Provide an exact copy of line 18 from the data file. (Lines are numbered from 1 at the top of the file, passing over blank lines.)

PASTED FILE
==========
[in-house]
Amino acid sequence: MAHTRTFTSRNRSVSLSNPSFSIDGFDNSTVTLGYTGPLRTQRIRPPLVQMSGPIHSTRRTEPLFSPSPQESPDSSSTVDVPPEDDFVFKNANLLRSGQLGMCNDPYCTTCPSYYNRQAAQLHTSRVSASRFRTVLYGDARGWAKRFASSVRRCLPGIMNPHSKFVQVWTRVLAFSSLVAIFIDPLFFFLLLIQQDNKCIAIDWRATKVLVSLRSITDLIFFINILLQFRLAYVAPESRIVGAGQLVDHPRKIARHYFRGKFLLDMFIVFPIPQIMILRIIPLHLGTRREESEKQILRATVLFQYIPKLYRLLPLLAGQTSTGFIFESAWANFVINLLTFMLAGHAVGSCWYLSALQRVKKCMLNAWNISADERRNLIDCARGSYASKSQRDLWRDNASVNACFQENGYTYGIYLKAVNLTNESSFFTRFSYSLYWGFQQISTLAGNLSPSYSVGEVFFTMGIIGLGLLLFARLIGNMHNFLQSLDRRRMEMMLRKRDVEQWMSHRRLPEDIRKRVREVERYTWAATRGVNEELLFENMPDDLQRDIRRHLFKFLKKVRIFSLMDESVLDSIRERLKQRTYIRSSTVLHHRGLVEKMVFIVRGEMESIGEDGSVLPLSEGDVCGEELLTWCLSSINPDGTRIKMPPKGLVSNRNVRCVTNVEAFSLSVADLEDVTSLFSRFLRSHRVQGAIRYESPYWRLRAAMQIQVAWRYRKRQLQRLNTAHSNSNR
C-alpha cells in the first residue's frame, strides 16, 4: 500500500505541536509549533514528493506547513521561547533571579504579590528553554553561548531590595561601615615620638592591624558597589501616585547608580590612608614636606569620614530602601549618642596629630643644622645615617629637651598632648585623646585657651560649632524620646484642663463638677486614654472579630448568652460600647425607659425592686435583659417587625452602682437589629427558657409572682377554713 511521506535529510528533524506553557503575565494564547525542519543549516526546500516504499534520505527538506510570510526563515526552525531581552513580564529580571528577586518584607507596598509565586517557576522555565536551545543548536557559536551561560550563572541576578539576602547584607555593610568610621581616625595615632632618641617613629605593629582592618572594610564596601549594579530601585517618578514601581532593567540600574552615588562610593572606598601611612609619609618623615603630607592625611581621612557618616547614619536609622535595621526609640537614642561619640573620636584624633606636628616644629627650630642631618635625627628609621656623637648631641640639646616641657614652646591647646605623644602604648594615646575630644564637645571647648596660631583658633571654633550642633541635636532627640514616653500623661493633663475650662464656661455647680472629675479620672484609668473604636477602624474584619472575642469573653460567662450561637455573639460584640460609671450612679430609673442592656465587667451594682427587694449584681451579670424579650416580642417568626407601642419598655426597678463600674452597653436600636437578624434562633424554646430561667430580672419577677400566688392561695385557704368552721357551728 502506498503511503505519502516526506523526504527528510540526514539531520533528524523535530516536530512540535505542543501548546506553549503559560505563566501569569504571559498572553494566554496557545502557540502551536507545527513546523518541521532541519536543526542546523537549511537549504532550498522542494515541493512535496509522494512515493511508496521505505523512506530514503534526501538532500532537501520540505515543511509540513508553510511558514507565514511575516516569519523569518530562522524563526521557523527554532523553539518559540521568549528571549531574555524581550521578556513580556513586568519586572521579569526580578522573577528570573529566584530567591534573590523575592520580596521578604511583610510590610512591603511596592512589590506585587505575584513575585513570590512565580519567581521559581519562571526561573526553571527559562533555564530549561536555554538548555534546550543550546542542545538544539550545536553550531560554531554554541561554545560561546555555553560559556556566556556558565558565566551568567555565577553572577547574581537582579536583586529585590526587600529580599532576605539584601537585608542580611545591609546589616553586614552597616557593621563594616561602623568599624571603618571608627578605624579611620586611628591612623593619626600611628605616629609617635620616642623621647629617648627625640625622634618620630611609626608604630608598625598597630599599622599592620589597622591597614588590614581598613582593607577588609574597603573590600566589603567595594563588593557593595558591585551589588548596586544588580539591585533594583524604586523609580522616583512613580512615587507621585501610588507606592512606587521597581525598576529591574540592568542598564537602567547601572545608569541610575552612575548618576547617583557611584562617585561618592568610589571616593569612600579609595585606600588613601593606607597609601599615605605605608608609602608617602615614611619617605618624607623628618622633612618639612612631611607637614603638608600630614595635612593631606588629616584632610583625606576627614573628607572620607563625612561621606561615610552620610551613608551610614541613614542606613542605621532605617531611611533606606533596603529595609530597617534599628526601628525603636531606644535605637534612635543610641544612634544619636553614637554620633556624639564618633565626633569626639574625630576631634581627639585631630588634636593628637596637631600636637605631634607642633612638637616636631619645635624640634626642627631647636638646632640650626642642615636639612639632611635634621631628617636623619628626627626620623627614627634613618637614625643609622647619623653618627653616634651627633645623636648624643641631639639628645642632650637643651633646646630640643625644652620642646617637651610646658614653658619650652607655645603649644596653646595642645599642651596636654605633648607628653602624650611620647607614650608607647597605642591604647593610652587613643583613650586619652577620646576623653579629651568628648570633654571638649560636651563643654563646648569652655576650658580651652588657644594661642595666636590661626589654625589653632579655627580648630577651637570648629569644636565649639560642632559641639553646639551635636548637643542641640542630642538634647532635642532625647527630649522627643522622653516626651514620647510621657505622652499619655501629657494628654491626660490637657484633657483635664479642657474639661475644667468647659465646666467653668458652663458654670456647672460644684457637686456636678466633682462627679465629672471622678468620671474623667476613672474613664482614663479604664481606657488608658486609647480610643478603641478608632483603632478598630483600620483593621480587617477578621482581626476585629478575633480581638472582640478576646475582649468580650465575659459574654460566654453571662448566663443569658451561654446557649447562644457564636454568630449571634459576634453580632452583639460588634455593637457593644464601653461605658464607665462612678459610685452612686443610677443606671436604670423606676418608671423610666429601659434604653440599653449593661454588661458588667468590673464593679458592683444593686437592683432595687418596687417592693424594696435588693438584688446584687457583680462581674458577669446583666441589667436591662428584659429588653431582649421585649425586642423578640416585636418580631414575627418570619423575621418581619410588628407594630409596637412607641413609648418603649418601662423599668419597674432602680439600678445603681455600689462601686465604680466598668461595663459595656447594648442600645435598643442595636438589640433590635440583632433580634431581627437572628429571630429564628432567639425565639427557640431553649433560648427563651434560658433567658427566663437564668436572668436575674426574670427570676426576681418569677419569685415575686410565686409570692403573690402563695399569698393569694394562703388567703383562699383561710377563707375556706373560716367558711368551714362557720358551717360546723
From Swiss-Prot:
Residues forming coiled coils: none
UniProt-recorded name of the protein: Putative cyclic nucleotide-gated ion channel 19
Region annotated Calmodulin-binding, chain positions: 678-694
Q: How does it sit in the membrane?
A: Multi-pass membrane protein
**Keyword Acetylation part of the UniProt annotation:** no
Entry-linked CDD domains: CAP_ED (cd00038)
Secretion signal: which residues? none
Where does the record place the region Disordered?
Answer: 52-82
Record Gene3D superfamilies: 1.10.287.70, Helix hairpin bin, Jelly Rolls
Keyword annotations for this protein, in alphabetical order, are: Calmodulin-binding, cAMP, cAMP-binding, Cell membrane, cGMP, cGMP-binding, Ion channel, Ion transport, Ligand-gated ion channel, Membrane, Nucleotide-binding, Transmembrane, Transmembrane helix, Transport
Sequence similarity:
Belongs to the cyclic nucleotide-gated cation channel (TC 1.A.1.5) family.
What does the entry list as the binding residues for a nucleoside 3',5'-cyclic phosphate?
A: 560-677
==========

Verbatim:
Belongs to the cyclic nucleotide-gated cation channel (TC 1.A.1.5) family.